Thursday, May 7, 2009

Star Trek--"The Naked Time"

“The Naked Time” is probably most famous for Sulu’s swordsmanship escapade, but it should probably be better known as a primary example of Gene Roddenberry’s unwillingness to develop his characters without some gimmicky plot serving as the catalyst. Three series have done a similar episode (TNG and ENT) where the crew is infected with some sort of illness which forces them to act irrationally. But unlike “The Man Trap,” which was a pioneer in shape shifter stories but one of the worst of the bunch, “The Naked Time” is far superior to the other two, if for no other reason than no crewmembers engaged in drunken sex with an android or Tony winner Scott Bakula was not wishing he literally could leap into another life likes Sam Beckett and escape the awful scripts.

The interesting part about the episode is the dichotomy between the comical behavior of those infected versus the danger they are all in. the collapsing planet below threatens to take the Enterprise with it unless Spock can straighten up enough to perform an experimental move to save the ship. Spock is the pivotal character here and you have Leonard Nimoy to thank for that. The big scene where Spock breaks down over the constant battle his Vulcan and him sides rage within was completely improvised in one afternoon after Nimoy suggested the original scene, which would have been a laugh line, was undignified. The result is one of the first glimmers we see of the strong bond between Spock and Kirk.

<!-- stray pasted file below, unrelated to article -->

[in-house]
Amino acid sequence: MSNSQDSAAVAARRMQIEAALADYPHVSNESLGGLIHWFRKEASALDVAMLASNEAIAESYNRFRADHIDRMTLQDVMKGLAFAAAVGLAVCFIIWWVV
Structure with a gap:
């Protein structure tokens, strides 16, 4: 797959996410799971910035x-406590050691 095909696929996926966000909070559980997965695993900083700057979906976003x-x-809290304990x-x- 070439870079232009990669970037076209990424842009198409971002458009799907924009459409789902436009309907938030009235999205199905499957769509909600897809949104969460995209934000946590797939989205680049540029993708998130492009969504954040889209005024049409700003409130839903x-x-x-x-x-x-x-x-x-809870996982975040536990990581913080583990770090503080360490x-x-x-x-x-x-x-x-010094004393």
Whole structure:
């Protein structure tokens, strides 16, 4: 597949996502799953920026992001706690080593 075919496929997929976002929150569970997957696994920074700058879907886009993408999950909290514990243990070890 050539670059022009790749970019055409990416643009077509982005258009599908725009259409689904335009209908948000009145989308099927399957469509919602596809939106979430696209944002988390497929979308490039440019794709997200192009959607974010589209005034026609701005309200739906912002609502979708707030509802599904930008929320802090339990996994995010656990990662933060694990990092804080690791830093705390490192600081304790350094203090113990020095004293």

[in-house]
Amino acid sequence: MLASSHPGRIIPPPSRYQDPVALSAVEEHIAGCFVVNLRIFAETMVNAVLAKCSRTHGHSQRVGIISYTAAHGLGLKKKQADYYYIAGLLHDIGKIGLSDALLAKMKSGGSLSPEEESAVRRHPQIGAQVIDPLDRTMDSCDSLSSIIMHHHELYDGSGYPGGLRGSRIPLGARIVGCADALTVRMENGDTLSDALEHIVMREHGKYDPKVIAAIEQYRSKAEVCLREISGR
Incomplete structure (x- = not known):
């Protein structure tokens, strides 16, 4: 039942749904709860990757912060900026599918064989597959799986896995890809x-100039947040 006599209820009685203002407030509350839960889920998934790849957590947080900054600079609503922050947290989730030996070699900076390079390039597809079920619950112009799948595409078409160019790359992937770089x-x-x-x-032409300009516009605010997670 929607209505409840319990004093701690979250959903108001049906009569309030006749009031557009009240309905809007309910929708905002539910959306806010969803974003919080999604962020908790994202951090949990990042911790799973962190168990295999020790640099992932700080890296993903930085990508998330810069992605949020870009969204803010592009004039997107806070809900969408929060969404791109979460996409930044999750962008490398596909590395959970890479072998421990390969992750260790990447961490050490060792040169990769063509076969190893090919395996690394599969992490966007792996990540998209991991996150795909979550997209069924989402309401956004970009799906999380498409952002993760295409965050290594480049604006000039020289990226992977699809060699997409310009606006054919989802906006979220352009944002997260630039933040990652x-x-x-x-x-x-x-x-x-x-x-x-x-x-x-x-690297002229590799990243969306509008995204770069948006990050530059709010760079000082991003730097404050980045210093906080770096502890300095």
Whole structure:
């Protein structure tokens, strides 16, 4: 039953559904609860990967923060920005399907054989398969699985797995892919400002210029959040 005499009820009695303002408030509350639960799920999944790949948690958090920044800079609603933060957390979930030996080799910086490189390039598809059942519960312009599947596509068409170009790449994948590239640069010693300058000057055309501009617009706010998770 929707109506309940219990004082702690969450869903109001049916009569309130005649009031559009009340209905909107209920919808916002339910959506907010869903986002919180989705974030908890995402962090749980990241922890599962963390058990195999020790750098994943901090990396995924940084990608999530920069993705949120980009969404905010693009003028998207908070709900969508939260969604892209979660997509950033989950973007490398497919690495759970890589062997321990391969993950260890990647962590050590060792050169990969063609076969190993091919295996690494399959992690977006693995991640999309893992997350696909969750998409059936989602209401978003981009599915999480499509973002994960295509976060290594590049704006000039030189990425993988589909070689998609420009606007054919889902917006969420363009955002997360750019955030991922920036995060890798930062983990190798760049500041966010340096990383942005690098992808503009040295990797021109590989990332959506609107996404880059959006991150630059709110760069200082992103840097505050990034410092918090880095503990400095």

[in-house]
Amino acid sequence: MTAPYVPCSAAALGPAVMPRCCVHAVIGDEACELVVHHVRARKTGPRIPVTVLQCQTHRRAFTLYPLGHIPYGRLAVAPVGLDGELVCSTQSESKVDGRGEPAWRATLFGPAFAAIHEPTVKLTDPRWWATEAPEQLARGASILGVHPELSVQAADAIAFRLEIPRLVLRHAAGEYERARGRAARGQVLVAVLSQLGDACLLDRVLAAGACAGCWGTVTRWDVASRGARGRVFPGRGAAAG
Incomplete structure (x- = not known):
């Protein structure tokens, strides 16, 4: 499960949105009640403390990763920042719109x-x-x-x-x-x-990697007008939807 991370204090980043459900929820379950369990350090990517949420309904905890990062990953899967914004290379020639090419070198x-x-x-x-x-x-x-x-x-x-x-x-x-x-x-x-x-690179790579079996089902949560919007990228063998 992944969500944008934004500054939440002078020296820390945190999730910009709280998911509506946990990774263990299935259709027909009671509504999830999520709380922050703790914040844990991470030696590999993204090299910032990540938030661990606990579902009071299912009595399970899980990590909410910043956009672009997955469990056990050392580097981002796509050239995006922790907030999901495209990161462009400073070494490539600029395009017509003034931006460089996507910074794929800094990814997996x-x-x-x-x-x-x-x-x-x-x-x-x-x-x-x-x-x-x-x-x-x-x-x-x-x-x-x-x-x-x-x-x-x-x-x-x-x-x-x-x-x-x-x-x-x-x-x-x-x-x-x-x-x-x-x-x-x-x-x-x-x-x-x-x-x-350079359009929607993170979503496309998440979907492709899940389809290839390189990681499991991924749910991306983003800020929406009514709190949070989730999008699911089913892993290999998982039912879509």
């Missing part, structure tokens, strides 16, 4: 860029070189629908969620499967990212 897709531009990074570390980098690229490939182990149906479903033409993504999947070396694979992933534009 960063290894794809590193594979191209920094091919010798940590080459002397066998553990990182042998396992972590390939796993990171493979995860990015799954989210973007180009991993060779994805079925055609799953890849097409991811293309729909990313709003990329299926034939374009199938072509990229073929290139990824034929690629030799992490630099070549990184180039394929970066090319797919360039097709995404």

Spock’s emotional breakdown is the key selling point for the episode. There is a lot of enjoyable humor in it, especially with riley. He will only get one more big episode before he disappears altogether. Most of the other drama was overdone. A crewman dies on the operating table solely because he believes he deserves to. When McCoy finally develops a hypospray, he rips Kirk’s shirt to administer it even though hypos have gone through shirts in every other instance. It was manufactured drama. Not that it matters, since apparently Kirk’s love for his ship helped him fight off the infection anyway. All right.

But the worst moment of the episode came right off the bat. The landing party who found researchers dead from the results of the infection were wearing environmental suits made out of shower curtains. It was more Carol Burnett’s pardoy than Scarlet O’Hara’s desperation. I have no clue why the production staff thought that was a good idea.

Rating: *** (out of 5)

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